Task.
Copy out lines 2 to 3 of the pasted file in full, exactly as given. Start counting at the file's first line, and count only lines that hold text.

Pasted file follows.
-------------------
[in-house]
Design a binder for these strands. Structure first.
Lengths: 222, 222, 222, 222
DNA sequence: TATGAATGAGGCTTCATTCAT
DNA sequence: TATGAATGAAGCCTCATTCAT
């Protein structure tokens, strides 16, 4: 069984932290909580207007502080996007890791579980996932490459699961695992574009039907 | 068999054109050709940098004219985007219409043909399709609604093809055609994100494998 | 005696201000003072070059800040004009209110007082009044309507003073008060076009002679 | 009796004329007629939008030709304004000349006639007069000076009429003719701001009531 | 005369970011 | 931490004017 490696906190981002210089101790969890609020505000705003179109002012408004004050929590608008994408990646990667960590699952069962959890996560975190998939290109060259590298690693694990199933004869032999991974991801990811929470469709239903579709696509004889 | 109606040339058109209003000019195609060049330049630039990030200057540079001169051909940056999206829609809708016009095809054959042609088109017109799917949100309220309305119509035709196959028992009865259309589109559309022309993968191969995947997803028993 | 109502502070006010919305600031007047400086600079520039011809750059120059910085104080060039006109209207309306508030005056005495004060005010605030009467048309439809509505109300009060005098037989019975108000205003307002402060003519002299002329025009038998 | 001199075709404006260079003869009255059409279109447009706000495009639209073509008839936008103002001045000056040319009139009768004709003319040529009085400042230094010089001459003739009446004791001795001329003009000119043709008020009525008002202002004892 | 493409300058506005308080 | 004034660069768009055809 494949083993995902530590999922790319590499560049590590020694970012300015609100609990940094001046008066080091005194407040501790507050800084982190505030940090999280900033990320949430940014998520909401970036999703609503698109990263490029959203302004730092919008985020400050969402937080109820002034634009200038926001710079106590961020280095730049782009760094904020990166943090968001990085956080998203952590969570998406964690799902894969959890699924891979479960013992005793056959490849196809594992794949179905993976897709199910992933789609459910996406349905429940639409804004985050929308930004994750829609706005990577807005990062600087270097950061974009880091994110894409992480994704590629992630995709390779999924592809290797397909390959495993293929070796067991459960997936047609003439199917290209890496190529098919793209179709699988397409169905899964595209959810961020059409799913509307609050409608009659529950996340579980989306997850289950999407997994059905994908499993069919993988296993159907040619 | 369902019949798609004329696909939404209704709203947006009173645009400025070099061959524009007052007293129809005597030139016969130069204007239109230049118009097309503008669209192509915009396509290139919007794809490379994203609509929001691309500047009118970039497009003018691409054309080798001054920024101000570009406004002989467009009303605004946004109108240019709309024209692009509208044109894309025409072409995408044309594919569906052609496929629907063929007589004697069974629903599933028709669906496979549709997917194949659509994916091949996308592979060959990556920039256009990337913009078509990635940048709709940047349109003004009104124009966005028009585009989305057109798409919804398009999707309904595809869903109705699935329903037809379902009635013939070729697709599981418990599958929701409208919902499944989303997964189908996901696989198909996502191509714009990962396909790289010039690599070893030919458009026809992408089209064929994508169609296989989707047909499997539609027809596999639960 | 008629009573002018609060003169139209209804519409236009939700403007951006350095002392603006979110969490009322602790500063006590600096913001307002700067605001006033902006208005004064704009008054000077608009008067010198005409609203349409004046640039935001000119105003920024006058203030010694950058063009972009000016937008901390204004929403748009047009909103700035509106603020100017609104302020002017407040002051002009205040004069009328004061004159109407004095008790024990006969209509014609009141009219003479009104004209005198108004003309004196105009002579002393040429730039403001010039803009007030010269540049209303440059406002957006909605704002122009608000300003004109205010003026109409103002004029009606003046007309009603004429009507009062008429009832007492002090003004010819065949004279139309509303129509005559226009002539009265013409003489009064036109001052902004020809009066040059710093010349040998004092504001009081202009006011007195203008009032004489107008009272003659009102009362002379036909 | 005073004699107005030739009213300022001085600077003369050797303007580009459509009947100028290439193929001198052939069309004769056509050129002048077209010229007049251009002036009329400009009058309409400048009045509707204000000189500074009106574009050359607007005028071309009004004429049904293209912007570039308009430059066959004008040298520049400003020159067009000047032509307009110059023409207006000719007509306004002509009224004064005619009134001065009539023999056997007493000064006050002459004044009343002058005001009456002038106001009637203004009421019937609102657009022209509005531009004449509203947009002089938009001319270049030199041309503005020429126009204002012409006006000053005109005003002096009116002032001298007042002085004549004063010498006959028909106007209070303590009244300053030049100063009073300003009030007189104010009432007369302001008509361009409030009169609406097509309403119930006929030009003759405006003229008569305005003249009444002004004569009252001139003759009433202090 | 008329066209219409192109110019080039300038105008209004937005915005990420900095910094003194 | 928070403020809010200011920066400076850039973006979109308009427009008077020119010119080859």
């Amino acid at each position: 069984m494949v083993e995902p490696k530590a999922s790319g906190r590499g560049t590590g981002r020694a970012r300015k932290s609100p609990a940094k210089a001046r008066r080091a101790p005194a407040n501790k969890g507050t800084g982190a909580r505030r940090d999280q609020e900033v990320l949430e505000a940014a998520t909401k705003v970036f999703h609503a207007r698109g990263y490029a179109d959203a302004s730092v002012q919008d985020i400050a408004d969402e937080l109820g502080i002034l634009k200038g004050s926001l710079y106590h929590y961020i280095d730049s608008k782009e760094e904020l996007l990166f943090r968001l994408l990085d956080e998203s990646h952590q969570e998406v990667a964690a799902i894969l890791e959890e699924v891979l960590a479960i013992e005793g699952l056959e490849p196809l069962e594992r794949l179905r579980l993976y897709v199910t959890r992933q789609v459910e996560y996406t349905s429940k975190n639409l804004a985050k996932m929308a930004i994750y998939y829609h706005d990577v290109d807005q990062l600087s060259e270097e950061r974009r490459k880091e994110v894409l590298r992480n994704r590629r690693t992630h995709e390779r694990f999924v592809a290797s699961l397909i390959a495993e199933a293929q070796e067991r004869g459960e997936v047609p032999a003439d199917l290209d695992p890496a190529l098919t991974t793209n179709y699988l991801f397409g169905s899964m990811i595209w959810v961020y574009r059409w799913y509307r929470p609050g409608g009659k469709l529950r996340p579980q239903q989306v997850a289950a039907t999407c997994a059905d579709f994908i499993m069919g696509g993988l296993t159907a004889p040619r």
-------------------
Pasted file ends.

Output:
Design a binder for these strands. Structure first.
Lengths: 222, 222, 222, 222